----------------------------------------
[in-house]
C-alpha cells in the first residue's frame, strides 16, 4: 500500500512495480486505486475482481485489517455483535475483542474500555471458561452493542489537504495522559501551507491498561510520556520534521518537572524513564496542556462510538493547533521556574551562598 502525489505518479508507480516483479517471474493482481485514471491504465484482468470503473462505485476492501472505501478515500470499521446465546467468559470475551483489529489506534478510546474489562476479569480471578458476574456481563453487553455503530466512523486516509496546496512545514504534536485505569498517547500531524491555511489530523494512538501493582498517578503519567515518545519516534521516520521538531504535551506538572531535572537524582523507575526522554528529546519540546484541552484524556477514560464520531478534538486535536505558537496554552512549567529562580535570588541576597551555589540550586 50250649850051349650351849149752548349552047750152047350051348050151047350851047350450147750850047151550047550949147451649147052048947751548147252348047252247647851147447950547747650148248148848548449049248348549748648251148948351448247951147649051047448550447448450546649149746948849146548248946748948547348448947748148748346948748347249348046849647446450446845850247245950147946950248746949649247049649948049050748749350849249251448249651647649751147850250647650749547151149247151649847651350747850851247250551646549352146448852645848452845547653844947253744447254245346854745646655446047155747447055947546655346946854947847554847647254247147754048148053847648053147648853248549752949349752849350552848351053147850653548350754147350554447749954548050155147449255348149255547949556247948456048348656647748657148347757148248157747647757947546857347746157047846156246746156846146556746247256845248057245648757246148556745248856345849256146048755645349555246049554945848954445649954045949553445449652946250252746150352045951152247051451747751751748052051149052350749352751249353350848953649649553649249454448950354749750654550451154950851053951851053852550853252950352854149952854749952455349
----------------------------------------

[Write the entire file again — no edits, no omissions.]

[in-house]
C-alpha cells in the first residue's frame, strides 16, 4: 500500500512495480486505486475482481485489517455483535475483542474500555471458561452493542489537504495522559501551507491498561510520556520534521518537572524513564496542556462510538493547533521556574551562598 502525489505518479508507480516483479517471474493482481485514471491504465484482468470503473462505485476492501472505501478515500470499521446465546467468559470475551483489529489506534478510546474489562476479569480471578458476574456481563453487553455503530466512523486516509496546496512545514504534536485505569498517547500531524491555511489530523494512538501493582498517578503519567515518545519516534521516520521538531504535551506538572531535572537524582523507575526522554528529546519540546484541552484524556477514560464520531478534538486535536505558537496554552512549567529562580535570588541576597551555589540550586 50250649850051349650351849149752548349552047750152047350051348050151047350851047350450147750850047151550047550949147451649147052048947751548147252348047252247647851147447950547747650148248148848548449049248348549748648251148948351448247951147649051047448550447448450546649149746948849146548248946748948547348448947748148748346948748347249348046849647446450446845850247245950147946950248746949649247049649948049050748749350849249251448249651647649751147850250647650749547151149247151649847651350747850851247250551646549352146448852645848452845547653844947253744447254245346854745646655446047155747447055947546655346946854947847554847647254247147754048148053847648053147648853248549752949349752849350552848351053147850653548350754147350554447749954548050155147449255348149255547949556247948456048348656647748657148347757148248157747647757947546857347746157047846156246746156846146556746247256845248057245648757246148556745248856345849256146048755645349555246049554945848954445649954045949553445449652946250252746150352045951152247051451747751751748052051149052350749352751249353350848953649649553649249454448950354749750654550451154950851053951851053852550853252950352854149952854749952455349